Now, after a lot of hard work and incredible support from a large community of people, my Vancouver-based co-director Fiona Rayher and I are proud to share the 80-min documentary with audiences across BC and around the world. After six packed screenings on the Island and the Sunshine Coast over the past couple of weeks, we’re kicking off a 10-screening run in Vancouver this Friday, Nov. 20 (tickets to that first show are sold out but available for others).

This process began with a number of Canadian-based international film festivals in recent months – Vancouver, Calgary, Edmonton, and Toronto’s Hot Docs, where we world-premiered the film last April to a warm reception. We were delighted to introduce it to our home town at the Vancouver International Film Festival earlier this Fall, and humbled by the response, winning both the Best BC Film Award and the VIFF Impact Canadian Audience Award. Now, we’re taking the show on the road with screenings planned all around BC – see the full list here.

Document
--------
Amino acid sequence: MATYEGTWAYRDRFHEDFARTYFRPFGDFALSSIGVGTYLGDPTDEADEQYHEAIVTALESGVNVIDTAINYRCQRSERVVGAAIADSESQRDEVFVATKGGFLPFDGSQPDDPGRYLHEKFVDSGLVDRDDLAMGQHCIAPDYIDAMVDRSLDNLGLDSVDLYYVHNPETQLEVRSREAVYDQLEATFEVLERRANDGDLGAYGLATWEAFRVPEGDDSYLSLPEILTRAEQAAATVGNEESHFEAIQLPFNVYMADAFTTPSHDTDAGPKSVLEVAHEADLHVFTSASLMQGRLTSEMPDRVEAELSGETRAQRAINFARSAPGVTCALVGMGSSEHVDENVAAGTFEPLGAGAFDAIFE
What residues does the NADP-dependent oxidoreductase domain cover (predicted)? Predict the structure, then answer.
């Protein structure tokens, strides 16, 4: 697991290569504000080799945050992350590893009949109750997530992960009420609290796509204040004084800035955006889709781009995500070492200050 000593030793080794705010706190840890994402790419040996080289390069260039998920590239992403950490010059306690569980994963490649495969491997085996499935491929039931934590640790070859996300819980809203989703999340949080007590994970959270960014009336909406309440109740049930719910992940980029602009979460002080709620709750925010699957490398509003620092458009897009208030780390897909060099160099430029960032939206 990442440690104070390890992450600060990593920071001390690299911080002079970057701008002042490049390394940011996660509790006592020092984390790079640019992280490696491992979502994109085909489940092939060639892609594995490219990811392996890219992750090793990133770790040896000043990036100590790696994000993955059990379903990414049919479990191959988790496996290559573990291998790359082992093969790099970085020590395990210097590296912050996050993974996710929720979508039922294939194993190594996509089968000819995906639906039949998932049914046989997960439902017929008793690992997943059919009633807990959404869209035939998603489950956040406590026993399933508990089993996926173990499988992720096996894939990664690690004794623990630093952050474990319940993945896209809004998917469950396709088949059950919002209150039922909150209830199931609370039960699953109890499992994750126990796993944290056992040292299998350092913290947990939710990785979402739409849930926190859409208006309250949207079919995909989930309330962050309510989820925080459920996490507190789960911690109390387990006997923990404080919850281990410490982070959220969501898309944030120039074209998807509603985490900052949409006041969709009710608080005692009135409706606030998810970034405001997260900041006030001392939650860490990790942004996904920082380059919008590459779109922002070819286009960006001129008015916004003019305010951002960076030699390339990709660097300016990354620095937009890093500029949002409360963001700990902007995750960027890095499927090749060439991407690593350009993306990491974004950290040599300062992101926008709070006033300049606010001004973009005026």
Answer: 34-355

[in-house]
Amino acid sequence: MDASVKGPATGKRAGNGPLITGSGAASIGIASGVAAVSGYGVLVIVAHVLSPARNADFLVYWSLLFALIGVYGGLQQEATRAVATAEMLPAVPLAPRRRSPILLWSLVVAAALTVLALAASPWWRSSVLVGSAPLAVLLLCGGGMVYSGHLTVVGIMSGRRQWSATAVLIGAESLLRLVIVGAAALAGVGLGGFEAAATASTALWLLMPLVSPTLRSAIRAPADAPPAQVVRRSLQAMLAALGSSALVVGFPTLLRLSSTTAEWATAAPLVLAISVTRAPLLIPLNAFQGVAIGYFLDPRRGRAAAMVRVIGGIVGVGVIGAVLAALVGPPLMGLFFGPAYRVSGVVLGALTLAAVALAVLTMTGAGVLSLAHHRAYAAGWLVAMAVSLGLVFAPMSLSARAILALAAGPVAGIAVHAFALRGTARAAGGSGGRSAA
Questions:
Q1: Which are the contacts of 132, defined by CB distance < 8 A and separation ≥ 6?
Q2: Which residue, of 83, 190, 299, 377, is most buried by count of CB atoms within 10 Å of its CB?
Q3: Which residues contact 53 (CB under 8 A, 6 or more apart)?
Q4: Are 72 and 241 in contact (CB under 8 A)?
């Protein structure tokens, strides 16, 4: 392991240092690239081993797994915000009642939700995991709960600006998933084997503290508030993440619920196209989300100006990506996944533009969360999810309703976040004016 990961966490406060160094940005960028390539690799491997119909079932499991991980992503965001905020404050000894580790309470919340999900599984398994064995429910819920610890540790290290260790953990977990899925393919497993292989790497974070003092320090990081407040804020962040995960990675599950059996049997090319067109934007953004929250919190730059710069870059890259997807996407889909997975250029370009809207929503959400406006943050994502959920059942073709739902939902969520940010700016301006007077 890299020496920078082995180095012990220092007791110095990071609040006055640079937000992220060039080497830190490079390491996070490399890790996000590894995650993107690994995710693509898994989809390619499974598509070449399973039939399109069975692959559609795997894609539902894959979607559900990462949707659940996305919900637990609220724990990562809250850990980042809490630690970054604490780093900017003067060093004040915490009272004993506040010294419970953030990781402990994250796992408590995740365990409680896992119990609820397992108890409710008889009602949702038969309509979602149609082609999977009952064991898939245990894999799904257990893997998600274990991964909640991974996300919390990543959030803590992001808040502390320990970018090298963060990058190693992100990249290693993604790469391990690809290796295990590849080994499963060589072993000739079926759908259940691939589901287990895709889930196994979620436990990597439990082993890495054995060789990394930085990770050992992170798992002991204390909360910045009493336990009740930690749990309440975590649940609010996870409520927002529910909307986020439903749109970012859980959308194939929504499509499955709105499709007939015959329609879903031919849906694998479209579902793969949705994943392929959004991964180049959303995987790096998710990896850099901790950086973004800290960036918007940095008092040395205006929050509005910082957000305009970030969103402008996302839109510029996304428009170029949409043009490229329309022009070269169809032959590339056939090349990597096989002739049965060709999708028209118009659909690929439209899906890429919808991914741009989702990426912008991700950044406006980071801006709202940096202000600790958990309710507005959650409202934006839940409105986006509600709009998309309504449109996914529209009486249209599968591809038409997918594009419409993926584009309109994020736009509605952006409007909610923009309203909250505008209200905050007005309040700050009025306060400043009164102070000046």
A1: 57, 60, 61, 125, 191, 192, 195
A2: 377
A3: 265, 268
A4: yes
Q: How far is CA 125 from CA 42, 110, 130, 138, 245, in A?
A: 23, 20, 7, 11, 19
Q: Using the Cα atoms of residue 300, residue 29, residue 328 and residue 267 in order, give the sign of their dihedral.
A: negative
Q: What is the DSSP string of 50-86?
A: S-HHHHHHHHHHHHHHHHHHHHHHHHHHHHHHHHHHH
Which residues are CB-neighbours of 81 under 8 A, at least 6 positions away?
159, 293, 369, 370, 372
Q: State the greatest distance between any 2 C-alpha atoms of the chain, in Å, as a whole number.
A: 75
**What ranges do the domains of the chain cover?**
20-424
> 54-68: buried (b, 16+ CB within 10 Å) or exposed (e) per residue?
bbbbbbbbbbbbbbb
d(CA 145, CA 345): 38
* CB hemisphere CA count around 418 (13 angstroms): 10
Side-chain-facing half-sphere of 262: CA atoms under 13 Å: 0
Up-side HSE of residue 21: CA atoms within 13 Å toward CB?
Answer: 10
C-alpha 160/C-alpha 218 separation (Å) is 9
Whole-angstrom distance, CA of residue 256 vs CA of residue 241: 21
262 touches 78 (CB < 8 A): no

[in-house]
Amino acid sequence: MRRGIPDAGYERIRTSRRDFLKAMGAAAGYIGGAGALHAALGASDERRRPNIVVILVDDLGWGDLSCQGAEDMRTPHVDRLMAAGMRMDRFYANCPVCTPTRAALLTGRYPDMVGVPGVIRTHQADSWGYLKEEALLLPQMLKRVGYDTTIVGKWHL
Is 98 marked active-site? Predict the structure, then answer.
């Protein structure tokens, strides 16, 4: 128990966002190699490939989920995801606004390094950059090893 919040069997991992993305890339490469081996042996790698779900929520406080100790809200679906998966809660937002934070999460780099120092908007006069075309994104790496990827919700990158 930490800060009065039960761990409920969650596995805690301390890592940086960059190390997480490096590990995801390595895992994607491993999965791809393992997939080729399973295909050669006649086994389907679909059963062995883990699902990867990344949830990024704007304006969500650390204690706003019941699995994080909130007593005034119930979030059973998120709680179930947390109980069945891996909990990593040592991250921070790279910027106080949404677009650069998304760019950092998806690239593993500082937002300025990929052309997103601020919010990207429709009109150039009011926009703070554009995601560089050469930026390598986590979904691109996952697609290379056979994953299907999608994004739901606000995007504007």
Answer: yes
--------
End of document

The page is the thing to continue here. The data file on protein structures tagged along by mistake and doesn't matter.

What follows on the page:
Drilling deeper

Much of the reaction to the film is based on the compelling character at its core and the fact that this is no typical “issue” or environmental film. It’s a story about a man who, while unique and exceptional in many ways, also personifies the struggles we face as a country – the push and pull between creating jobs and protecting what’s left of our natural world.

LNG & Fracking: Risky Business for BC
A drill rig in northeast BC